The Future of Lean: Four Disruptors of the Decade

In the early 20th century, management theories were devoted to the idea of “one best way” to perform tasks, designed by the manager and implemented by direct reports. Like many things that must change with the passage of time, management styles evolved.

Although manufacturing was one of the first sectors to actively seek out more waste reduction principles, the construction industry of today is being shaped by this same philosophy and continues to be revolutionized by the possibilities that Lean represents. We’ve already seen how this change in approach has impacted construction today, but what does it look like in the future? As we look to the next 10 years, four factors will greatly influence the future of Lean: leadership, marketing in the field, multi-generational workforce and technology.

Two fundamental concepts are already changing the way work is accomplished in a Lean construction environment: waste should be eliminated as defined by the customer, and “customer” includes almost everyone affiliated with the process, from the client to craft professionals on the jobsite.

Lean construction methodology is focused on creating relationships. By providing open and flexible communication channels, it encourages all project team members to contribute to the development of best practices and smarter work. By empowering people at every level as co-leaders, we are able to move away from manipulation of the workforce and toward inspiring them. The result is greater efficiency, better project outcomes, increased workplace satisfaction and retention among our teams.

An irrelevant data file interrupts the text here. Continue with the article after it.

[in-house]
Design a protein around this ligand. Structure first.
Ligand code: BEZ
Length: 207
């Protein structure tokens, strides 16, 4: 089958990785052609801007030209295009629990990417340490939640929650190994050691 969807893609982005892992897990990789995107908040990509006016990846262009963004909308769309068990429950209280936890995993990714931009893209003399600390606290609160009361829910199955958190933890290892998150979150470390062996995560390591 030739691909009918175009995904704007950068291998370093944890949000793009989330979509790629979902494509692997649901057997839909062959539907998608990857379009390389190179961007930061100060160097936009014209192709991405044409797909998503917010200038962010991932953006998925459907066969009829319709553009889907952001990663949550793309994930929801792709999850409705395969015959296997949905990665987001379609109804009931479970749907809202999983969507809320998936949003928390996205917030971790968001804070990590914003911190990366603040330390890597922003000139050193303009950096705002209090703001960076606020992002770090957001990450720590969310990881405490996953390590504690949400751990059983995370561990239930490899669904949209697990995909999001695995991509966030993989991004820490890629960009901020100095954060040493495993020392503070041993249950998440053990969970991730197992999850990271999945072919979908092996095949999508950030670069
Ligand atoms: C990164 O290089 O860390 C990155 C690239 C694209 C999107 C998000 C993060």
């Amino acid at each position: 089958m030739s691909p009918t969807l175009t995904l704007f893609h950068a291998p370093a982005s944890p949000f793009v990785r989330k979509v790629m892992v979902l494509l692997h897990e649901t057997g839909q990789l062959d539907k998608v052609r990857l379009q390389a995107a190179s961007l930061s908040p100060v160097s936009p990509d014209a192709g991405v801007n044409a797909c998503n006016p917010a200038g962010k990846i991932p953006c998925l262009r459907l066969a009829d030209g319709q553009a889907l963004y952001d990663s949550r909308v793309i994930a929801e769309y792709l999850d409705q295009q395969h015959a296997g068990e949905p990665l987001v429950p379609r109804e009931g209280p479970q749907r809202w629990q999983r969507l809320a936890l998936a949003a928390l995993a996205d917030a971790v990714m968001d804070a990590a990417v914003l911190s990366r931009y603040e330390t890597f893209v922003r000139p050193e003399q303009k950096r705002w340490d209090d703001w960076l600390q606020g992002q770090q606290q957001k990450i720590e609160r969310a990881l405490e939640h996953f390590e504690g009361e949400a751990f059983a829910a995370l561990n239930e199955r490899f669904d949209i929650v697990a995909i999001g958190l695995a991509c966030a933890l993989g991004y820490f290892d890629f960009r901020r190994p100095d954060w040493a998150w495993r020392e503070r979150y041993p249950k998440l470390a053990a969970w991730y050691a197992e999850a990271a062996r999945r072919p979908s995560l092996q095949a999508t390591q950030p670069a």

As we look to the future, it’s important to recognize that leadership must remain adaptable because disruptors will always be with us. What’s more, those disruptors will change over time. While in this moment technology and generational shifts are the most obvious disruptors, in another 20 years others may present themselves, requiring a new phase of change. The good news is that Lean construction is, by its very nature, uniquely equipped to identify those changes and help our industry adapt.

Marketing in the Field
In the past, marketing was focused on frosting and packaging: communication designed to put the best face on the organization and its work for external audiences. At the same time, it called for concealing your greatest strengths to keep those secrets safe from the prying eyes of the competition.

Lean marketing turns many of those traditional philosophies on their heads, moving toward efforts to enhance communication and build relationships at every level, both internally and externally. By turning its eyes inward to establish relationships with all stakeholders, Lean marketing tells the stories of contributors from all phases of a construction project, allowing everyone to benefit from their perspective and experience. These relationships also create an avenue for marketing to become an integral part of the project, leading to more organic story generation as opposed to the “find the story and tell it” model.